NYT: The Prophet of France’s Fracture

The NYT has a long profile of French political scientist Gilles Kepel written by Robert Worth (“The Prophet of France’s Fracture”).

The piece starts with the usual ‘let me display my liberal bona fides’ preface found in any NYT article daring to step outside the Orthodox line:

Kepel has argued that much of France’s left-leaning intelligentsia fails to understand the nature of the threat the country faces — not just from foreign terrorists but also from the Islamist provocateurs in its exurban ghettos, the banlieues. Unlike the Islam-bashing polemicists who haunt French opinion pages, Kepel brings a lifetime of scholarship to this argument. He has always been careful to distinguish mainstream Islam from the hard-line Islamist ideologues of the banlieues, who have no real equivalent in the United States. He has long been a man of the left; his wife’s family is from North Africa, and he has no sympathy for the xenophobia of the right-wing National Front. But he believes that radical Islamists are trying to shred France’s social fabric and foster a civil war, and that many leftists are unwittingly playing into their hands. This view has made him a target for almost everyone.

Okay, you’ve gotten your NYC readers’ attention. Let’s move on.

Kepel was a member of the commission that helped create France’s controversial 2004 law banning Islamic head scarves and other religious symbols and clothing in public schools, and remains proud of that role. He believes that eroding French state secularism, known as laïcité, would lead to a “Balkanization of Europe along religious and ethnic lines,” with a Muslim voting bloc, Muslim schools and a hardening of quasi-separatist communities of various religions. With his career coming to an end — he is 61 — he is making these arguments with ever-greater urgency. He has repeatedly dismissed claims of widespread Islamophobia in French society as fraudulent, saying the word has become little more than a rhetorical club used by Islamists to rally their base.

Within France, there is a bifurcation happening among the Left, and, I would argue, Kepel represents an aspect of an ‘Alt-Left’, a phenomenon we really have not seen emerge in other European countries (except perhaps the Netherlands) nor in the U.S.

This bifurcation is on display in the liberal pissing match between Kepel and another leftie, Olivier Roy, on what role France’s multicultural model has extinguished a core sense of national (and distinctively French) identity, thereby causing 2nd and 3rd generation French Muslims in an identity crisis of their own. The hunger for identity is both individual and collective:

Olivier Roy, who teaches at the European University Institute in Florence, Italy, wrote an essay for Le Monde that challenged one of Kepel’s core ideas. Roy argued that the issue was not the radicalization of Islam but “the Islamization of radicalism” — a phrase that quickly caught on. For Roy, the terrorists, mostly second-generation immigrants, were caught between the tradition-bound world of their parents and the secularism of their French contemporaries. Unable to find a place, they adopted a nihilistic rejection of society, expressing it not in the Marxist language of the 1960s and ’70s but in its current equivalent: Islam. The same logic could explain why so many white Catholic French kids had become jihadis.

Kepel responded quickly and forcefully, accusing Roy, who does not speak Arabic, of cooking up a thesis that suited his own ignorance: If Islam is incidental, no need to listen to the Friday sermons or read the theological debates online. Roy’s argument was also a salve to the liberal conscience, Kepel added, allowing people to believe that the state of contemporary Islam had little or nothing to do with the violence. Roy, clearly stung, responded, and the argument went on for months, fueled by frequent stories in the French press. Other intellectuals joined in, notably the academic François Burgat, who argued that both Roy and Kepel failed to adequately recognize the role of France’s colonial history and current foreign policies in shaping the younger generation’s anger. But it remained primarily a two-man fight.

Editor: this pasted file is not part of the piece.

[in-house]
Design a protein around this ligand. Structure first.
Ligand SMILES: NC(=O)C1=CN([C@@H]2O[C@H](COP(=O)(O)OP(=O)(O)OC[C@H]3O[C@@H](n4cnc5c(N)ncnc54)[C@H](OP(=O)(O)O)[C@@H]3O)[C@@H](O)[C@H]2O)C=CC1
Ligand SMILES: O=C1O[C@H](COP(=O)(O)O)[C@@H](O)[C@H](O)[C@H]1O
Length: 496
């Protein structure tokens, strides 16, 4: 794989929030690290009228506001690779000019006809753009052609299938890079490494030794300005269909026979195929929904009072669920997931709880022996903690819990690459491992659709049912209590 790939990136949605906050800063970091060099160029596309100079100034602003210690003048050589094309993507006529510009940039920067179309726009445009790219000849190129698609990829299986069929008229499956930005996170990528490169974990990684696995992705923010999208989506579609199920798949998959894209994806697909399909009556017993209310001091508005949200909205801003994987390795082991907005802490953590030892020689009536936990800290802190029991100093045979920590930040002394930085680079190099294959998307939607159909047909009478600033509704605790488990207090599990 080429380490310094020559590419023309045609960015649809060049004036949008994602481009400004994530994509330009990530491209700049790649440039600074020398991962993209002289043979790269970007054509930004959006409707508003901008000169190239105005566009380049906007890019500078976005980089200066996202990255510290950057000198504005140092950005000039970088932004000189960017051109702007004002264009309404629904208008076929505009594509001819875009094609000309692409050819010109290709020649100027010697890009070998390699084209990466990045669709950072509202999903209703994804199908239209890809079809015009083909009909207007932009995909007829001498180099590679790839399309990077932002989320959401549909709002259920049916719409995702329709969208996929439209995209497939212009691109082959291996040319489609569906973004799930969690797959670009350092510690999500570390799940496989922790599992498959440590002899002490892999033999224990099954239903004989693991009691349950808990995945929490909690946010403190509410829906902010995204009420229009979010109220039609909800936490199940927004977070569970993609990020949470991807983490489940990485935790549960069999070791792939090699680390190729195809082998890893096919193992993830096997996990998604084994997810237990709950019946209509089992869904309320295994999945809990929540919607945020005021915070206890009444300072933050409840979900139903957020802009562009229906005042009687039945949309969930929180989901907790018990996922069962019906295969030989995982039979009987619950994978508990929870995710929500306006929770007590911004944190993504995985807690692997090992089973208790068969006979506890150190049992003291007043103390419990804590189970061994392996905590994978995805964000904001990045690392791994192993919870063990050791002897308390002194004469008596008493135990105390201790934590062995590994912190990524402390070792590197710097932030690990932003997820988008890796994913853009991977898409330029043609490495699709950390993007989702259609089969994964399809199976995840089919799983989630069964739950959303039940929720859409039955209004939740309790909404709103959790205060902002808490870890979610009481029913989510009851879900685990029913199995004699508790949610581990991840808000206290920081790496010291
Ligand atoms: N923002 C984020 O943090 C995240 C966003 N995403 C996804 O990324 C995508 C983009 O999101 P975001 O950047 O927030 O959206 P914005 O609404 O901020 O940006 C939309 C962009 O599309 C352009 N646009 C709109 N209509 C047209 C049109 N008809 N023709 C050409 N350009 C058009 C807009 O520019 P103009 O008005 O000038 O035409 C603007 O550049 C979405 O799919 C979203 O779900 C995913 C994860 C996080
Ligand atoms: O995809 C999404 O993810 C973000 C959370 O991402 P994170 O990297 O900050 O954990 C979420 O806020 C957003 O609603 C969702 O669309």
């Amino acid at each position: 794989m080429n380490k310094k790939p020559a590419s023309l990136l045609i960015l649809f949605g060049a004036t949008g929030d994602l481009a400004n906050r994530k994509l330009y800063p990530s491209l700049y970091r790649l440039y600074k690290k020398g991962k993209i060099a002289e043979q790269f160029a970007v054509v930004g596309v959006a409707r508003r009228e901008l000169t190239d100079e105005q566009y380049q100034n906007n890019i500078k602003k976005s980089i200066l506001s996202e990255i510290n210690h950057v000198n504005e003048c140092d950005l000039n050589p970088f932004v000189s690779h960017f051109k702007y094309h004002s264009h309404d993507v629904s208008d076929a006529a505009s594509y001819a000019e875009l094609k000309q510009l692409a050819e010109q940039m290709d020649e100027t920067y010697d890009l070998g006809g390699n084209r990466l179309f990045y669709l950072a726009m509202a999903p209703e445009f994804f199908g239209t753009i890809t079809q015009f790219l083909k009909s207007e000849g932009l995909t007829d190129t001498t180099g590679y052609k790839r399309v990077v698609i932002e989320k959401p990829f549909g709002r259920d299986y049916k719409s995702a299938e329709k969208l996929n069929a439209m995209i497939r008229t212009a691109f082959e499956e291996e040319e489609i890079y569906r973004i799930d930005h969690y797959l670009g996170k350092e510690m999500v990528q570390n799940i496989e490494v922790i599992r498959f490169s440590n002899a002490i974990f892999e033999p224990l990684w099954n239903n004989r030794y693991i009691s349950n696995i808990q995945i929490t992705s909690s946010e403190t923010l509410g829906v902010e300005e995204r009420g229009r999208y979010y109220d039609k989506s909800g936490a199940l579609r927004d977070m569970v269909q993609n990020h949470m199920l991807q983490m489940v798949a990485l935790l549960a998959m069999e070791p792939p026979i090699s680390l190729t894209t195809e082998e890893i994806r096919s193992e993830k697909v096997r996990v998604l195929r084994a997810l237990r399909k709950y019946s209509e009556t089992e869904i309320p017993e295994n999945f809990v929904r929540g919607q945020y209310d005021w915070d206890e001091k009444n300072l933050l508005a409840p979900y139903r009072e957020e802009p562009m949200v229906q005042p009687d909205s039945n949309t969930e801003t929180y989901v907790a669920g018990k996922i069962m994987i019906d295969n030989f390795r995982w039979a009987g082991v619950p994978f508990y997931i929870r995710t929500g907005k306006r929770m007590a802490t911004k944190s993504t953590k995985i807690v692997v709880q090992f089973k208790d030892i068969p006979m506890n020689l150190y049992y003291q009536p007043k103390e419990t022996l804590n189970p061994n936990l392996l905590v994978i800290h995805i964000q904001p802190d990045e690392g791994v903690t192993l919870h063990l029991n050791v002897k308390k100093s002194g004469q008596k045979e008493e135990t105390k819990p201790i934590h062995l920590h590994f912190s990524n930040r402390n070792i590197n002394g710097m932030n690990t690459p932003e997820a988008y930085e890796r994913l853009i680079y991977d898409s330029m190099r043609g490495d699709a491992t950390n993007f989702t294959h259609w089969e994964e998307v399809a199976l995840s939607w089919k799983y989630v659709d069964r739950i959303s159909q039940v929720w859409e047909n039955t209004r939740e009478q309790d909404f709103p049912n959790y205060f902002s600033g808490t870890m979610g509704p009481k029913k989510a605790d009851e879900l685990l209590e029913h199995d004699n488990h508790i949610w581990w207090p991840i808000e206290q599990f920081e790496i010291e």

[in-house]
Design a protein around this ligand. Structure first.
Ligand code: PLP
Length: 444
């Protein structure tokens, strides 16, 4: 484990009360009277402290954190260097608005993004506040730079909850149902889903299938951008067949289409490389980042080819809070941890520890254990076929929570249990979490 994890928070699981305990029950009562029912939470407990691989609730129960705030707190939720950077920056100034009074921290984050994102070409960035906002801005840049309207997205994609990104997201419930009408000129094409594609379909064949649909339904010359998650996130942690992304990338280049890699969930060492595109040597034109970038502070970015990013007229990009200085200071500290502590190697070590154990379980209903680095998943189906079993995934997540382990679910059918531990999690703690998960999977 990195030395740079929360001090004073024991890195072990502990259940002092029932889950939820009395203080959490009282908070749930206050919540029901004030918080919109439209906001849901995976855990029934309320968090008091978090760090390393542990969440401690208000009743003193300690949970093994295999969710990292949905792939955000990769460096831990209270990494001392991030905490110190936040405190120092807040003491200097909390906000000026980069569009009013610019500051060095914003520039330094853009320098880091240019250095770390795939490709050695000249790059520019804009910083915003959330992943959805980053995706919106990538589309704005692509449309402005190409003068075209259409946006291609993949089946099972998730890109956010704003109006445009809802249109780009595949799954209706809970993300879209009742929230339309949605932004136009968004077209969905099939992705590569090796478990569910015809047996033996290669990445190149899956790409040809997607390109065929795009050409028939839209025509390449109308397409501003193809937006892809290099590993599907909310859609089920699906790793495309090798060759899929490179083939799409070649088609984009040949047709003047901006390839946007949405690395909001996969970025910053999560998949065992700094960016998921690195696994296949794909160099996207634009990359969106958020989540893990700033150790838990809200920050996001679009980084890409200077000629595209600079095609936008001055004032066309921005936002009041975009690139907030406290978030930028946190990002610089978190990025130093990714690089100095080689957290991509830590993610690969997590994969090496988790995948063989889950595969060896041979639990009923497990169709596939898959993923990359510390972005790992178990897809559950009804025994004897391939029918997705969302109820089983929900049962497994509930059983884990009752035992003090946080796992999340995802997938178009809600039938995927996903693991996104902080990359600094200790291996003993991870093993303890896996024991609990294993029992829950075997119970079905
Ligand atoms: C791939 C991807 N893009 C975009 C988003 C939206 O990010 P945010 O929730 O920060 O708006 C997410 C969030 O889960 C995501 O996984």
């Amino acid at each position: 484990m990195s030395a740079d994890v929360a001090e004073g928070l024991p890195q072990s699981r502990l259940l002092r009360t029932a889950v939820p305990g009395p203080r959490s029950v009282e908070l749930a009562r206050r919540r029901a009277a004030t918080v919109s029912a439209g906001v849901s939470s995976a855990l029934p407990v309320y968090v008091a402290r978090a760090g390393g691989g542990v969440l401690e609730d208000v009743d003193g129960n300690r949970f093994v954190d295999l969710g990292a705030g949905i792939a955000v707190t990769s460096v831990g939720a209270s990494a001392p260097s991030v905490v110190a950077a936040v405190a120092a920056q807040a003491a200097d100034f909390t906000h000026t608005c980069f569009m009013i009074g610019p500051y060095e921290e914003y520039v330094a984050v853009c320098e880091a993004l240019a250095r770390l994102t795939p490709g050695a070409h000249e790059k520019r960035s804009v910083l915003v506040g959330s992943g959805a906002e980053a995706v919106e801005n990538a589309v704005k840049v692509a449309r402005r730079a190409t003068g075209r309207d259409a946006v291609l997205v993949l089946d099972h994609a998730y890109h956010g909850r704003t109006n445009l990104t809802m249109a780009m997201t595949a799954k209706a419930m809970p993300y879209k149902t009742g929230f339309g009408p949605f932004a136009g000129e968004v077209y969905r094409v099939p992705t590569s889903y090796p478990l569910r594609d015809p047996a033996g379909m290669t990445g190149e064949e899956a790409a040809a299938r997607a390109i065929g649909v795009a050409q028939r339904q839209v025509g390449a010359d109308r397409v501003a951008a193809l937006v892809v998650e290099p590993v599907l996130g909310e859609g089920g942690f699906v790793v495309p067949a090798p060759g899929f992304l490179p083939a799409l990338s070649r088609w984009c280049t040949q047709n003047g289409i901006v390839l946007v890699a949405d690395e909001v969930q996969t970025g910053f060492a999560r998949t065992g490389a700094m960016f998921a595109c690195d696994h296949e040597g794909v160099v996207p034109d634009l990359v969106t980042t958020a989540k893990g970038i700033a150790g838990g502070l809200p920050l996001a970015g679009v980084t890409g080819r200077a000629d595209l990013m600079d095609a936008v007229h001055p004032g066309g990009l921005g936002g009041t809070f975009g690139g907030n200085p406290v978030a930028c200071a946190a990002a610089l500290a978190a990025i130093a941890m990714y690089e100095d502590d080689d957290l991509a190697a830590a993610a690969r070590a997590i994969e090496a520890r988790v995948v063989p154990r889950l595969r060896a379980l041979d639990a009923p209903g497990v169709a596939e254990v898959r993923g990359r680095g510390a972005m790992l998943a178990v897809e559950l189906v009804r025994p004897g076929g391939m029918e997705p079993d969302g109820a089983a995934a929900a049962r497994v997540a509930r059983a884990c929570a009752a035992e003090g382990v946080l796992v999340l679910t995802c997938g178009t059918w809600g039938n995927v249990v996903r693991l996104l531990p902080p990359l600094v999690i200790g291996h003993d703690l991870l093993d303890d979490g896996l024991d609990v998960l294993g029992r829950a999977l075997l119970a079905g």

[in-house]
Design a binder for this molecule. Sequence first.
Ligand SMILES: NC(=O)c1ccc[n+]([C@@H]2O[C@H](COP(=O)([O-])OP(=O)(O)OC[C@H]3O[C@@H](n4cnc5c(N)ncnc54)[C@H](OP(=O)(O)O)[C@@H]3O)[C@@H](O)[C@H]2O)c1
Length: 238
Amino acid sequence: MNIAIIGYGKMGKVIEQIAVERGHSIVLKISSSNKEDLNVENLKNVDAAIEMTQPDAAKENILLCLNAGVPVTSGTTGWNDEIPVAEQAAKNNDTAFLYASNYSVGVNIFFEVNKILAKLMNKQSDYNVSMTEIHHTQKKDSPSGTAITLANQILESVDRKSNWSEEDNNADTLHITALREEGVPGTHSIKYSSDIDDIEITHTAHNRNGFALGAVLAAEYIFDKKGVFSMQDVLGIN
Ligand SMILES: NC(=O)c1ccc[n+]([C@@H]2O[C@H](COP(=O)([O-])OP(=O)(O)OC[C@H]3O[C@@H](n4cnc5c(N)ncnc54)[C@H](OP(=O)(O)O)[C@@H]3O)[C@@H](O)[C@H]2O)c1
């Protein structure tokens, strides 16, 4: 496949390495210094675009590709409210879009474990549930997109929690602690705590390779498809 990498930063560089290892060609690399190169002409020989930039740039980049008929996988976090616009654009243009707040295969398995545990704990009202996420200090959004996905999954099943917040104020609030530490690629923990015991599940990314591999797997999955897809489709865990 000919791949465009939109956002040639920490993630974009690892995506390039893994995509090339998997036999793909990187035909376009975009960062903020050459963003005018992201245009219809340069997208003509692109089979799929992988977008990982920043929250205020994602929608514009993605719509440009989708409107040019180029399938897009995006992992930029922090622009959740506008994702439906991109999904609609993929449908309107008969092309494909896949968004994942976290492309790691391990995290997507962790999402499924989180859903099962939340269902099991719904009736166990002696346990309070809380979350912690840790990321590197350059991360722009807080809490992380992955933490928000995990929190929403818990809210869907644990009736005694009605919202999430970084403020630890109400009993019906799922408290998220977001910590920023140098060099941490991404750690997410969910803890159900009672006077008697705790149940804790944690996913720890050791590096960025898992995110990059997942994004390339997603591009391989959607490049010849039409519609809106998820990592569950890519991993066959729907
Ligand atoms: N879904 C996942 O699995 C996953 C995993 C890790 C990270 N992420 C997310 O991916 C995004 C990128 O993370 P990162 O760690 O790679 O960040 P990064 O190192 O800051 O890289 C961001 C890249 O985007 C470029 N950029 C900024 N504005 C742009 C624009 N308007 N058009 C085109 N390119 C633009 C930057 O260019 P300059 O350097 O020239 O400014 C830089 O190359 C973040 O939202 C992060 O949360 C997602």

I marvel that the NYT allowed this piece to be published, given passages like this:

Roy told me he believed that France’s political culture had become too hostile to religion, and that laïcité — originally created as a way to keep the state neutral — had become “eradicatory” in its application. It would be healthier for France to give more space to all religious discourse. “You have a whole generation of politicians here who do not know how to talk to religious people,” he said. When I asked Roy how France should handle the jihadist challenge, he said: “Isolate the radicals and saturate the religious space.” In other words, the way to counter violent Islamists is to open our arms to Islam in other ways — including, presumably, to peaceful Islamists.

This may sound reasonable in the abstract. But it is uncomfortably close to the pressure tactics I often heard from Salafists and Muslim Brothers during my years as a correspondent in the Arab world. (“If society were more Islamic, Al Qaeda would have no foothold.”) Roy is no Islamist, but I couldn’t help wondering if his sympathy for Muslims, who are disproportionately poor and unemployed in France, had made him a little too sanguine. Terrorism aside, a distressingly large number of Muslims are in open revolt against French cultural and political norms. In September, a landmark survey commissioned by the Montaigne Institute found that 28 percent of French Muslims had adopted values “clearly opposed to the values of the republic,” with a mix of “authoritarian” and “secessionist” views, including support for polygamy and the niqab, or full-face veil, and opposition to laws enforcing secularism. These attitudes reinforce anti-Muslim sentiment, in a spiral of crispations identitaires (“identitarian fist-clenching”) that is a boon to the anti-immigrant National Front.

Muslim men gather for prayer in Val-Fourré, France (NYT)

Of those liberal public figures who endlessly repeat that ‘most Muslims are peaceful and don’t condone domestic terrorism’, the current ban on head scarves in French schools stands as a litmus test of sorts for the French Left, a point of contention between the Left’s two factions, and what it means for the larger issue of national identity:

Kepel would say they seem less aimed at truth than tact, the idea that hurting Muslim feelings will poison the atmosphere further. At its extreme, this view risks its own form of condescension: Be nice to Muslims or they will turn into suicide bombers.